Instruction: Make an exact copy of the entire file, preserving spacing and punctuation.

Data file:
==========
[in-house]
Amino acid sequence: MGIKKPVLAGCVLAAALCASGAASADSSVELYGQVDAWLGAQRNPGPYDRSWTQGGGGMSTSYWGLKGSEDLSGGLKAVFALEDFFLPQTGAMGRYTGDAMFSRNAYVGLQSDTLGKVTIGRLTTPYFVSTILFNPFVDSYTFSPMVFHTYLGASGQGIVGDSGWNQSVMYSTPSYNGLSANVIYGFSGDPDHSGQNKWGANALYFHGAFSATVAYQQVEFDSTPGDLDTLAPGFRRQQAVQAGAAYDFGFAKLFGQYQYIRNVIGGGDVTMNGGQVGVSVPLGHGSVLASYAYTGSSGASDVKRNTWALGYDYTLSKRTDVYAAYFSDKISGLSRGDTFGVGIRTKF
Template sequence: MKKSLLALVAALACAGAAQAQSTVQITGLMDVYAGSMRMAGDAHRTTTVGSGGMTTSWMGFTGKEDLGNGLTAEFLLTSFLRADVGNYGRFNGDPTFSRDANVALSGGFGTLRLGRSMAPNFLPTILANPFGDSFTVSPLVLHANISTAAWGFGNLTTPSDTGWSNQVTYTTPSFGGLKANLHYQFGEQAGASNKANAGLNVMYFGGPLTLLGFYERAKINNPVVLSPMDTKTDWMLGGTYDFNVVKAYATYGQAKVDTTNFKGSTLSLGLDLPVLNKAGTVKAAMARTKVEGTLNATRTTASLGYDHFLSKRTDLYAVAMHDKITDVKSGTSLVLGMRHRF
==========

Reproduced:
[in-house]
Amino acid sequence: MGIKKPVLAGCVLAAALCASGAASADSSVELYGQVDAWLGAQRNPGPYDRSWTQGGGGMSTSYWGLKGSEDLSGGLKAVFALEDFFLPQTGAMGRYTGDAMFSRNAYVGLQSDTLGKVTIGRLTTPYFVSTILFNPFVDSYTFSPMVFHTYLGASGQGIVGDSGWNQSVMYSTPSYNGLSANVIYGFSGDPDHSGQNKWGANALYFHGAFSATVAYQQVEFDSTPGDLDTLAPGFRRQQAVQAGAAYDFGFAKLFGQYQYIRNVIGGGDVTMNGGQVGVSVPLGHGSVLASYAYTGSSGASDVKRNTWALGYDYTLSKRTDVYAAYFSDKISGLSRGDTFGVGIRTKF
Template sequence: MKKSLLALVAALACAGAAQAQSTVQITGLMDVYAGSMRMAGDAHRTTTVGSGGMTTSWMGFTGKEDLGNGLTAEFLLTSFLRADVGNYGRFNGDPTFSRDANVALSGGFGTLRLGRSMAPNFLPTILANPFGDSFTVSPLVLHANISTAAWGFGNLTTPSDTGWSNQVTYTTPSFGGLKANLHYQFGEQAGASNKANAGLNVMYFGGPLTLLGFYERAKINNPVVLSPMDTKTDWMLGGTYDFNVVKAYATYGQAKVDTTNFKGSTLSLGLDLPVLNKAGTVKAAMARTKVEGTLNATRTTASLGYDHFLSKRTDLYAVAMHDKITDVKSGTSLVLGMRHRF